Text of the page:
Death and Taxes in Marjah, Afghanistan

Death and Taxes in Marjah, Afghanistan

The success of Operation Moshtarak, NATO's military offensive to seize the Taliban-controlled town of Marjah in Afghanistan's Helmand province, will be determined by how well coalition forces establish a functioning government now that the bulk of the actual fighting is over. Gen. Stanley McChrystal recently described the plan by saying, "We've got a government in a box, ready to roll in."

The concept of "government in a box," or a functioning government ready for immediate deployment the moment combat operations end, is a novel one. Most of the attention lavished upon ISAF's plans, however, has focused on the man chosen to lead the ready-made government, Haji Zahir.* An expatriate who returned to Afghanistan from Germany, Zahir certainly has his work cut out for him if he is to distance himself from the legacy of Marjah's previous government. Former police chief Abdul Rahman Jan and his men were infamous for beheading locals who refused to pay bribes, and were so violently abusive that the people of Marjah turned to the Taliban for protection.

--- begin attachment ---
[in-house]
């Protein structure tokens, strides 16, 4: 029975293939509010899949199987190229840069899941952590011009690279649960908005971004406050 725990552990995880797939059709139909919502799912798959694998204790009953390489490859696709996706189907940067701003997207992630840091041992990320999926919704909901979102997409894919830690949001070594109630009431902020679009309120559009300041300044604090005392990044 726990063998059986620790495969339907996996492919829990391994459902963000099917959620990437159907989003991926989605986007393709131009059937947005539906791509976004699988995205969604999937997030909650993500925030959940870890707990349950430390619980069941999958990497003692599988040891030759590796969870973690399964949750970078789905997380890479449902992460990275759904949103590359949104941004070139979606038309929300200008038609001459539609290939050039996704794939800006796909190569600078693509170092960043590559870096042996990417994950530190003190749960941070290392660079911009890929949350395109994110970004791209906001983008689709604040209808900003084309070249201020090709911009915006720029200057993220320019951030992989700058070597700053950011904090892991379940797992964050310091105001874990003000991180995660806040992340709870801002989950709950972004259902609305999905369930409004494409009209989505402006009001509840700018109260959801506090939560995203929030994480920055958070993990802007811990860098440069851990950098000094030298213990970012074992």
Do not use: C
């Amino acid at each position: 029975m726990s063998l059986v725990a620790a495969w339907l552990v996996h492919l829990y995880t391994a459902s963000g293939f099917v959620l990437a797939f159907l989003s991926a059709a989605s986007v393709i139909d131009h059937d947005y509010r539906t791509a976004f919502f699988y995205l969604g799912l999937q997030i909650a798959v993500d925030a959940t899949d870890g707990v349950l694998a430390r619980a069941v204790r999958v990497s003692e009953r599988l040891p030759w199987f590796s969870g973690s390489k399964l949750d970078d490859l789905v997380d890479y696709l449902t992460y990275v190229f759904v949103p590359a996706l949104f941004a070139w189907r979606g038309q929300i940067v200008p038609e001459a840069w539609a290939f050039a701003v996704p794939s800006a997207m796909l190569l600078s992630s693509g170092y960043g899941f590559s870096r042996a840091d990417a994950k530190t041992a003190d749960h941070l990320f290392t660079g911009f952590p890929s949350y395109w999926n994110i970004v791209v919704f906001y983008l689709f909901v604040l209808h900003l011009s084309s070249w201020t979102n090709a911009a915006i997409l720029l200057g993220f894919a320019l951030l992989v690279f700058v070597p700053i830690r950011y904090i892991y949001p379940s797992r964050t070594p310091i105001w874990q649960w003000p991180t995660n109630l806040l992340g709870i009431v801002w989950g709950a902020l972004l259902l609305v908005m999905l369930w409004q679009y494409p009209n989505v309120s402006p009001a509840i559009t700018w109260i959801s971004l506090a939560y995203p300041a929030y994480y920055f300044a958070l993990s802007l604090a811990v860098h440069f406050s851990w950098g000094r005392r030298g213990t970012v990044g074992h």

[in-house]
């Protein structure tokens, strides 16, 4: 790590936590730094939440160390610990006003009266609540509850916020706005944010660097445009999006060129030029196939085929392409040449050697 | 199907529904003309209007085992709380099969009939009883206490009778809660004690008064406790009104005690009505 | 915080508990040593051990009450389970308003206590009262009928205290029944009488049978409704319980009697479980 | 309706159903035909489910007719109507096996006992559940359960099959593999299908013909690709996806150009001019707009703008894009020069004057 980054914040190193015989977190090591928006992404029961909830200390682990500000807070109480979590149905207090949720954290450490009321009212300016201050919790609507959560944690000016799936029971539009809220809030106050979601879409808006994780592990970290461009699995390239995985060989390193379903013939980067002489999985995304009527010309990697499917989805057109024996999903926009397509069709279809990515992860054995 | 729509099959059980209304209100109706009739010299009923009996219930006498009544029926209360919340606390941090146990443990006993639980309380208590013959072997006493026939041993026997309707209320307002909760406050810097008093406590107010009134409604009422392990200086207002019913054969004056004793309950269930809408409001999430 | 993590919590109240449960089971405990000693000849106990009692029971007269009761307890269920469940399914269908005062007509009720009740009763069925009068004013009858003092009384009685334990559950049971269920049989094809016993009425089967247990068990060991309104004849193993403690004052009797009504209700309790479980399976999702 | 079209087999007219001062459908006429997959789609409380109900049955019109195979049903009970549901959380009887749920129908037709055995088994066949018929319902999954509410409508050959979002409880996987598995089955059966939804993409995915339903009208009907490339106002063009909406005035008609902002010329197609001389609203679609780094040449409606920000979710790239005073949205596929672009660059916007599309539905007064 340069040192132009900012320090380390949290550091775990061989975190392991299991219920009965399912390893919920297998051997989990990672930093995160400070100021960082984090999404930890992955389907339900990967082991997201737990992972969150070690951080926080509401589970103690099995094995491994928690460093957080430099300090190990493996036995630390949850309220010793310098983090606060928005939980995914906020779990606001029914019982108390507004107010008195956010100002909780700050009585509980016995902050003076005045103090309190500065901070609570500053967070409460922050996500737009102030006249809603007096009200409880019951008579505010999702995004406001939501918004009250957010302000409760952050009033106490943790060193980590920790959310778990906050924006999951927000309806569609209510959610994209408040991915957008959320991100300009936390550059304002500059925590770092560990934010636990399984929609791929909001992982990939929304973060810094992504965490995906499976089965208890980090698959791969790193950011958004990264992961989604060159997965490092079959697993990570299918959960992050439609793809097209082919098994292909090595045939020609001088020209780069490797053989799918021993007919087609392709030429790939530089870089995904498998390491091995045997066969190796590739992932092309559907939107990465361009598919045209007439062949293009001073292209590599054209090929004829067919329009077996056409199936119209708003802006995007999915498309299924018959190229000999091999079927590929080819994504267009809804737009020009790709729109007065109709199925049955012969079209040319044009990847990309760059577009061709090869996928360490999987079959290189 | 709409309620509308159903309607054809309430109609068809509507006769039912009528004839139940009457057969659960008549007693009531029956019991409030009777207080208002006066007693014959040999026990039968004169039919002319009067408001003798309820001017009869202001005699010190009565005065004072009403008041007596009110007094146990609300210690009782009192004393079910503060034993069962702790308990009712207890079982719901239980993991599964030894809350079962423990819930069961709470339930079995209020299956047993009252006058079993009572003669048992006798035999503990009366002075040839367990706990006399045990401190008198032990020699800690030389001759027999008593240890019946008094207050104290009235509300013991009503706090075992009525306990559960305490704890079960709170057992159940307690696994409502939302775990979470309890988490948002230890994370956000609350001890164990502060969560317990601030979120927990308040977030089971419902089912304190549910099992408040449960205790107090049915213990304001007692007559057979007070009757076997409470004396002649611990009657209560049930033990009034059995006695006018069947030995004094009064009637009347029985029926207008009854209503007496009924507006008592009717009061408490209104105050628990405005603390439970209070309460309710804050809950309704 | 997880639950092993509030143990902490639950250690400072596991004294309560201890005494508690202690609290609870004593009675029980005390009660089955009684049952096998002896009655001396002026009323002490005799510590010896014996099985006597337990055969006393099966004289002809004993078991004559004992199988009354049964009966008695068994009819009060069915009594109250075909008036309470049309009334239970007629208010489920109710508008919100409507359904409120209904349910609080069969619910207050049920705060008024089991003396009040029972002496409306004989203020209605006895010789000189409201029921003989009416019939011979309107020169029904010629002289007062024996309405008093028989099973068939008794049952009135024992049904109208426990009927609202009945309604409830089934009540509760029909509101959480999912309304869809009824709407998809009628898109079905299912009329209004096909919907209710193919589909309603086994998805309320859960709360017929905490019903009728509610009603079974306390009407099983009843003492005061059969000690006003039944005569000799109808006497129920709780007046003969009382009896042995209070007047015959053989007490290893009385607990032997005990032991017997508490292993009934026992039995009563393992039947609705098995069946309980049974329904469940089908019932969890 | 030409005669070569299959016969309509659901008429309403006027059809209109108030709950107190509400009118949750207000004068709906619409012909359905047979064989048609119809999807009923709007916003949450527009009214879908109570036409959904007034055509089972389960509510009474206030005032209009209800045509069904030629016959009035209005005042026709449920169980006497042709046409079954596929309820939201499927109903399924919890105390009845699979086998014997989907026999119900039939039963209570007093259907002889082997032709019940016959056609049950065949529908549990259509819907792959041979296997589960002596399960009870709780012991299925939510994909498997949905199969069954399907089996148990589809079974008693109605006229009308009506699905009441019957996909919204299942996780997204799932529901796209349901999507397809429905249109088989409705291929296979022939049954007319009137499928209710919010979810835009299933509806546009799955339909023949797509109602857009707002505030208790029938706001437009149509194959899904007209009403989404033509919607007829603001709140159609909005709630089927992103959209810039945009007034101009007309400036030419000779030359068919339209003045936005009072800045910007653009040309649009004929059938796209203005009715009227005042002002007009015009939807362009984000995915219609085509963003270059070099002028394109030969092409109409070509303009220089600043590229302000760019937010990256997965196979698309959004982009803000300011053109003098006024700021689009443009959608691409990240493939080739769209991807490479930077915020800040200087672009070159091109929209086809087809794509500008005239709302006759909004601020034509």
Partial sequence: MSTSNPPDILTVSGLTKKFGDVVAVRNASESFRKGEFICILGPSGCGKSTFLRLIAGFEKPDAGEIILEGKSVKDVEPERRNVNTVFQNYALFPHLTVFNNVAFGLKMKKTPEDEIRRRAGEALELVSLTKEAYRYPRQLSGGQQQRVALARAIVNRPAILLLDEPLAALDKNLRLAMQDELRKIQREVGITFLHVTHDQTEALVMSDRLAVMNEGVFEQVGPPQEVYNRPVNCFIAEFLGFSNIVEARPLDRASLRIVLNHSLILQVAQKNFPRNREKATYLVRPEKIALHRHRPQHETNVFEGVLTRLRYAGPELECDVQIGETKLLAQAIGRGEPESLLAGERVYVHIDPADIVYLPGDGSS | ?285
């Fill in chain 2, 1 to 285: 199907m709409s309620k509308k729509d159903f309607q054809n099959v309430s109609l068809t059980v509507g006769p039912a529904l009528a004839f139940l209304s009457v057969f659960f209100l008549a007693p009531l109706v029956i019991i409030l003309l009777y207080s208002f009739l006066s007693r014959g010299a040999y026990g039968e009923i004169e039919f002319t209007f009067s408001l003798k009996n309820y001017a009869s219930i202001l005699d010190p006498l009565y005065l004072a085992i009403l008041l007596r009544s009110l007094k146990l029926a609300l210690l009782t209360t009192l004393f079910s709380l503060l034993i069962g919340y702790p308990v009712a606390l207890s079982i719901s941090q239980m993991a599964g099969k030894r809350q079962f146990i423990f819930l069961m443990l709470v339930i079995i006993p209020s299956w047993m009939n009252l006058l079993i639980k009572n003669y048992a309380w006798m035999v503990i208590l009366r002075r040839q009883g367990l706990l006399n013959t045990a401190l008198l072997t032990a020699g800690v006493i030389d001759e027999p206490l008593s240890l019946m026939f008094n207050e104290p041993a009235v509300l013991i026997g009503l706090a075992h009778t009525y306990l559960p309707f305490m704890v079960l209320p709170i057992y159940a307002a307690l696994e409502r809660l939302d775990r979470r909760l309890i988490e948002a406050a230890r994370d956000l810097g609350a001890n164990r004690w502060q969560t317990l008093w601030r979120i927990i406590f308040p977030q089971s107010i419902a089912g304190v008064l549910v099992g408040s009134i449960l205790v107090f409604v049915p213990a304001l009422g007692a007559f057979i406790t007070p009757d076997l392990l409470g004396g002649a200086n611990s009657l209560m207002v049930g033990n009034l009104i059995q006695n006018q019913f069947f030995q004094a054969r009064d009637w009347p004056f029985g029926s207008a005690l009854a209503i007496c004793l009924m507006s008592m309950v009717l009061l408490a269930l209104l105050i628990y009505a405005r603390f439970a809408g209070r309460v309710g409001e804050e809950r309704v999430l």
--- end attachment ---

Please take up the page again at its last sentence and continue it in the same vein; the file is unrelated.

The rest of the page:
But physical violence and the personalities of government are only one aspect of what will be required for a government to function right out of the box. Ultimately, a stable relationship between revenue -- in the form of taxes -- and services has to be established, otherwise the West will have to remain in Marjah, and Afghanistan, forever. Of course, the international community funds the vast majority of Afghanistan's national budget, a fact that is even more worrying given that the cost of maintaining the country's security forces will exceed its entire GDP in just a few years.

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